Olofsson has been seeing time on the Swedish team’s third line, so he’ll get solid minutes and an opportunity to make a difference for a team that’s looking to avenge their defeat in last year’s final.
Best case scenario: Olofsson chips in 4-5 goals throughout the tournament, enough to get noticed and leaned on a bit as the games get bigger.
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J.T. Compher, C, #7, United States
Who is this guy? Compher is one of the more exciting prospects in the Sabres’ stable. A fantastic two-way forward out of the University of Michigan, he was pegged to be a part of last year’s team before he injured his foot blocking a shot in practice. Drafted by the Sabres with a second round pick acquired from Carolina in the trade that sent Andrej Sekera to the Canes, he’s been having a solid sophomore year with the Wolverines.
Compher should play in all situations for the Americans, and his speed and all-around game should make him a valuable part of the squad.
Best case scenario: Compher chips in a point or so each game while being reliable against top players on opposing teams. He goes off in the final, racking up three points and helping the United States sneak out a 9-2 win in the gold medal game.
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Sam Reinhart, C, #23, Canada
Who is this guy? Buffalo’s second overall pick in this past draft, he’s got both NHL experience from the start of this season and World Junior experience from last year’s tournament, where he picked up two goals and three assists in seven games as the Canadians lost hilariously in the bronze medal game. Sam’s already been named an assistant captain for the Canadian squad, and he’ll get top-6 minutes and be leaned on in key situations.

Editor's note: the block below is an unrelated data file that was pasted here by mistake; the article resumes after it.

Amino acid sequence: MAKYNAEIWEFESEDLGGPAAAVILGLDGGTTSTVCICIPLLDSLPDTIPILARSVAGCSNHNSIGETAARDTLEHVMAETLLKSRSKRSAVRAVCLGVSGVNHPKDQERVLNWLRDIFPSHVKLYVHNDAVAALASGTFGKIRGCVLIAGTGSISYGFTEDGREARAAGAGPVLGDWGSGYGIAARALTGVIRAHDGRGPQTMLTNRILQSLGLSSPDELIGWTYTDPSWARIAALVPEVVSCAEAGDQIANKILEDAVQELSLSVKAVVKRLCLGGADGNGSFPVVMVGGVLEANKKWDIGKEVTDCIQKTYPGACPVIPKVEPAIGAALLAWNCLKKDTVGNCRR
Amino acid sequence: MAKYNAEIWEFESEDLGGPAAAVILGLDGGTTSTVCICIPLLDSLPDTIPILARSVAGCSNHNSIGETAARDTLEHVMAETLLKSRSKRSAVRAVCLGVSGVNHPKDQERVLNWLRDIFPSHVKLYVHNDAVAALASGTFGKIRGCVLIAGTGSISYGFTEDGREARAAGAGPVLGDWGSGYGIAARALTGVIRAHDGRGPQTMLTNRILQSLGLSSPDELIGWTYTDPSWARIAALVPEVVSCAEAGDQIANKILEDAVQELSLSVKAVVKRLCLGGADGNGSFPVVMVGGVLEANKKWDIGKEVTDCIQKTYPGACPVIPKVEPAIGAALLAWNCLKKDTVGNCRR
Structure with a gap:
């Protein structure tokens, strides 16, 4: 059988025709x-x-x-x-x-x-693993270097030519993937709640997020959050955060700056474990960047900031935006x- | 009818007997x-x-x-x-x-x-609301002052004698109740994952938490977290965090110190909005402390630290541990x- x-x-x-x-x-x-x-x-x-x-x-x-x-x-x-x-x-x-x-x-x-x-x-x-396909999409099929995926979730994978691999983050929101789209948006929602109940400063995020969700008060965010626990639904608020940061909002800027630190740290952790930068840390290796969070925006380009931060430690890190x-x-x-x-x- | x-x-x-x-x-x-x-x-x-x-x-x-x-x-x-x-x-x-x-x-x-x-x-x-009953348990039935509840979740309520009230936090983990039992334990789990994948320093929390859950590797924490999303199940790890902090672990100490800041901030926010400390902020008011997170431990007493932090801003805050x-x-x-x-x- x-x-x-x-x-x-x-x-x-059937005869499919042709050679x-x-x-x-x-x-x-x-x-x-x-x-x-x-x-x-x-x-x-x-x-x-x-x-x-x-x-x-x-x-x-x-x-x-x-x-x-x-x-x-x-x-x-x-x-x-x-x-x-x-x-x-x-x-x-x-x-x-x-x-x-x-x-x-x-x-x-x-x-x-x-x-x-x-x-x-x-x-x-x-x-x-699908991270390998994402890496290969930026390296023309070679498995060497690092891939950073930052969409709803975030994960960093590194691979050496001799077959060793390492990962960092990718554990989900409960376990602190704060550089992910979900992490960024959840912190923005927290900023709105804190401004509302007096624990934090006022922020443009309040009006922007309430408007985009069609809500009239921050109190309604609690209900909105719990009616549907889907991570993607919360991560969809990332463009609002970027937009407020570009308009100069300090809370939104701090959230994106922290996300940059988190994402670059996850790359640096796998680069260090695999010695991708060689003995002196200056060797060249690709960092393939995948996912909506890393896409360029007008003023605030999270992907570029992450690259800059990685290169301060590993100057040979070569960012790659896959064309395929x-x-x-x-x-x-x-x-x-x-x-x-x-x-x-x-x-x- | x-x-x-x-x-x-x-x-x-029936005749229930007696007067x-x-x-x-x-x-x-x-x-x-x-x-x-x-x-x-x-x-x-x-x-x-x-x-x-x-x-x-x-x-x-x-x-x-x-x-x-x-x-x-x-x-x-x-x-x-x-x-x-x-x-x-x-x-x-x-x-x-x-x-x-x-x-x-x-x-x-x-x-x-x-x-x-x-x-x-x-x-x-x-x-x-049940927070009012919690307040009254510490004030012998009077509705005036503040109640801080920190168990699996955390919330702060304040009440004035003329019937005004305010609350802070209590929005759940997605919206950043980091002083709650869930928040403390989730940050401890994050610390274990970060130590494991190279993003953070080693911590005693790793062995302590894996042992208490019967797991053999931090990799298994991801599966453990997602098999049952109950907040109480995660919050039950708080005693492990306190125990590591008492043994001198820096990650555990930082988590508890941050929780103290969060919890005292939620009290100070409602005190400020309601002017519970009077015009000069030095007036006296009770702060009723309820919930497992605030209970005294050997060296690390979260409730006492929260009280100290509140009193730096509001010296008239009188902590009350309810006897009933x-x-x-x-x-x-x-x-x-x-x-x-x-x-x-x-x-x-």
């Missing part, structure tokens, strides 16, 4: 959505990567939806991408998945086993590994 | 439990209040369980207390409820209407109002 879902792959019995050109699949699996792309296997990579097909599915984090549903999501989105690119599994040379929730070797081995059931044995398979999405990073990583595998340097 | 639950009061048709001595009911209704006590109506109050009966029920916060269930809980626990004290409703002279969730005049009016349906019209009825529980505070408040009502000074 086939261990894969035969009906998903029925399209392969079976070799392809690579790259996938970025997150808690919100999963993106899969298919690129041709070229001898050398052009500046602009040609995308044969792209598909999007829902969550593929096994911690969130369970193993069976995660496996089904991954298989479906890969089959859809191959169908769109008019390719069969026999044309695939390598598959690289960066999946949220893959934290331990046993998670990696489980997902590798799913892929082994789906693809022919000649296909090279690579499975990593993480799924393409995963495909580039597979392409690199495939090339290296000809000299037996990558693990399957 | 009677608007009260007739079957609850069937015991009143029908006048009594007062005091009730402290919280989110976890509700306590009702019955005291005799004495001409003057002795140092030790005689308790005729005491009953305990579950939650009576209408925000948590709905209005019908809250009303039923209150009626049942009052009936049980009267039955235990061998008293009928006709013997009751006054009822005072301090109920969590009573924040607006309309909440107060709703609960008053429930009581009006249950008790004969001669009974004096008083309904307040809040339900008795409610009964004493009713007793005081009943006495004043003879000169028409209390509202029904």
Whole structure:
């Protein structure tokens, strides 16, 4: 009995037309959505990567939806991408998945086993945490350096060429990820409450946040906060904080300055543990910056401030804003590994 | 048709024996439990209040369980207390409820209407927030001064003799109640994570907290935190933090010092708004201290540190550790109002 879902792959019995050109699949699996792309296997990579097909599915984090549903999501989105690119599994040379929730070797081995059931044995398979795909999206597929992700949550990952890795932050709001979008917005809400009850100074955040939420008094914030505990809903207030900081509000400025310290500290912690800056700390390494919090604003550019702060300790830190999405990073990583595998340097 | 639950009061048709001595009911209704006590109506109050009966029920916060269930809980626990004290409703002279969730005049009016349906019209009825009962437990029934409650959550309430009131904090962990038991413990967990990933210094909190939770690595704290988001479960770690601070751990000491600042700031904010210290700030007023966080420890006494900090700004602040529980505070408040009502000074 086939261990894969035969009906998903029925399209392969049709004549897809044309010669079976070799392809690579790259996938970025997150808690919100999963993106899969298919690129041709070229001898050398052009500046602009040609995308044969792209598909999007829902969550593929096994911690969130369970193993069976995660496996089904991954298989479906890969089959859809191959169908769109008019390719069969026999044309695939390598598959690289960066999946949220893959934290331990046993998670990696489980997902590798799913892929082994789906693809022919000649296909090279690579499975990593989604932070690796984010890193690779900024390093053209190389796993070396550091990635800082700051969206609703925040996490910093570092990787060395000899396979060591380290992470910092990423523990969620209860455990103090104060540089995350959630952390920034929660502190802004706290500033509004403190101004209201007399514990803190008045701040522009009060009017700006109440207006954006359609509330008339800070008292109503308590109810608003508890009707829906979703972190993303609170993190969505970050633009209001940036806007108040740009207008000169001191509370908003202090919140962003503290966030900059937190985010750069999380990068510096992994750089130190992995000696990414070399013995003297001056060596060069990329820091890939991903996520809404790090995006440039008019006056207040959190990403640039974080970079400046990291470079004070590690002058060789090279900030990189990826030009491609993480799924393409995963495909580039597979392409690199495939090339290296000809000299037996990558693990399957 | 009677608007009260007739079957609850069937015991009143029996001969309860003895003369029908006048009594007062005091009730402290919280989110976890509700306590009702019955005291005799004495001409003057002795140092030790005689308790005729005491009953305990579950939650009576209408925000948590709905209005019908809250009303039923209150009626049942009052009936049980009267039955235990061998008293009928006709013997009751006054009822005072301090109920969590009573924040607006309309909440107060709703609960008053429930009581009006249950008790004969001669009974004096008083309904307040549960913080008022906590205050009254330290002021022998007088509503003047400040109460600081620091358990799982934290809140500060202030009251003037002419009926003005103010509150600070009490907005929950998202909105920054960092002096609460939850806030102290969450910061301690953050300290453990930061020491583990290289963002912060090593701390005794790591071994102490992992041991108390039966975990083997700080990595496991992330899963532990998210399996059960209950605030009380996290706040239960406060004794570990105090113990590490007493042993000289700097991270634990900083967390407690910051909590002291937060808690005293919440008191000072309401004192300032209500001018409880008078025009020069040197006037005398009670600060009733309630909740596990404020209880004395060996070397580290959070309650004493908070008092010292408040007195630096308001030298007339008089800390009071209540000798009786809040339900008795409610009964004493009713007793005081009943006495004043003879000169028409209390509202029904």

Reinhart will be considered one of the top players in the tournament, and he’ll be expected to stand out and perform. He struggled offensively in his stint with the Sabres (like the rest of the team), but his 27 points in 15 games with Kootenay since being returned to junior shows he’s still a force at the junior level.
Best case scenario: Reinhart dominates, leading the tournament in scoring with 14-16 points while developing an intense on-ice and personal chemistry with Connor McDavid, to the point that McDavid expresses his desire to go full-Lindros on whatever team drafts him and demands a trade to Buffalo. They become best bros and a reality television series is developed and they win Cups on Cups for years. Meanwhile, despite the All-Tournament Team performance of Reinhart, Canada loses their battle for Canadian Gold (bronze) and in their medal-less devastation, the nation to the north realizes that winning this tournament is pretty much meaningless, so they relax and learn to enjoy good hockey.
Posted on December 26, 2014, in Sabres/NHL and tagged Connor McDavid, Hudson Fasching, IIHF World Junior Championship, J.T. Compher, Jonas Johansson, Nick Baptiste, Nikita Zadorov, Rasmus Ristolainen, Sam Reinhart, Vaclav Karabacek, Victor Olofsson. Bookmark the permalink. Leave a comment.